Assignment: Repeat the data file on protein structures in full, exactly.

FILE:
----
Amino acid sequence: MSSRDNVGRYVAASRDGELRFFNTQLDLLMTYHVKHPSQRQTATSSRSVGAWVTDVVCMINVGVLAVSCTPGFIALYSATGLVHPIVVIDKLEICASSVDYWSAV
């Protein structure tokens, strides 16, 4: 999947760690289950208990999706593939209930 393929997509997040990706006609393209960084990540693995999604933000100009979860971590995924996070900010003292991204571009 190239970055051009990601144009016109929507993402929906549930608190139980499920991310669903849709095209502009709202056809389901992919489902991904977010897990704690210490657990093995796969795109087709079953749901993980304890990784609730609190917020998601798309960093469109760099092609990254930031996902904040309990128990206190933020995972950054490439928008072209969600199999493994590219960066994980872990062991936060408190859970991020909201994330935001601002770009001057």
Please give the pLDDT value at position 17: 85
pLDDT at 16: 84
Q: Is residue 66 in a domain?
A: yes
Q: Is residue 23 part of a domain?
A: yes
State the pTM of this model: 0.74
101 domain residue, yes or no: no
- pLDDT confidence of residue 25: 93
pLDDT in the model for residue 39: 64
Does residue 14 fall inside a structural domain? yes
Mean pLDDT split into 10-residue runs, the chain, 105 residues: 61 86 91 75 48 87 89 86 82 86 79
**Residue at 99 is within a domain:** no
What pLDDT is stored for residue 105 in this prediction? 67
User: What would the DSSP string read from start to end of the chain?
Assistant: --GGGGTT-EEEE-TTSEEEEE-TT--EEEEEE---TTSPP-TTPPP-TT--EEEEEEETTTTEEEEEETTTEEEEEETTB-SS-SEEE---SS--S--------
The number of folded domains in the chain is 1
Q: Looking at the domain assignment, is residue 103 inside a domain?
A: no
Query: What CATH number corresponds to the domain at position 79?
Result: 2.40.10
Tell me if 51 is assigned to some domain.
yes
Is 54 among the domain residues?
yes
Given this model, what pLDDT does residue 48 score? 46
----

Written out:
Amino acid sequence: MSSRDNVGRYVAASRDGELRFFNTQLDLLMTYHVKHPSQRQTATSSRSVGAWVTDVVCMINVGVLAVSCTPGFIALYSATGLVHPIVVIDKLEICASSVDYWSAV
């Protein structure tokens, strides 16, 4: 999947760690289950208990999706593939209930 393929997509997040990706006609393209960084990540693995999604933000100009979860971590995924996070900010003292991204571009 190239970055051009990601144009016109929507993402929906549930608190139980499920991310669903849709095209502009709202056809389901992919489902991904977010897990704690210490657990093995796969795109087709079953749901993980304890990784609730609190917020998601798309960093469109760099092609990254930031996902904040309990128990206190933020995972950054490439928008072209969600199999493994590219960066994980872990062991936060408190859970991020909201994330935001601002770009001057």
Please give the pLDDT value at position 17: 85
pLDDT at 16: 84
Q: Is residue 66 in a domain?
A: yes
Q: Is residue 23 part of a domain?
A: yes
State the pTM of this model: 0.74
101 domain residue, yes or no: no
- pLDDT confidence of residue 25: 93
pLDDT in the model for residue 39: 64
Does residue 14 fall inside a structural domain? yes
Mean pLDDT split into 10-residue runs, the chain, 105 residues: 61 86 91 75 48 87 89 86 82 86 79
**Residue at 99 is within a domain:** no
What pLDDT is stored for residue 105 in this prediction? 67
User: What would the DSSP string read from start to end of the chain?
Assistant: --GGGGTT-EEEE-TTSEEEEE-TT--EEEEEE---TTSPP-TTPPP-TT--EEEEEEETTTTEEEEEETTTEEEEEETTB-SS-SEEE---SS--S--------
The number of folded domains in the chain is 1
Q: Looking at the domain assignment, is residue 103 inside a domain?
A: no
Query: What CATH number corresponds to the domain at position 79?
Result: 2.40.10
Tell me if 51 is assigned to some domain.
yes
Is 54 among the domain residues?
yes
Given this model, what pLDDT does residue 48 score? 46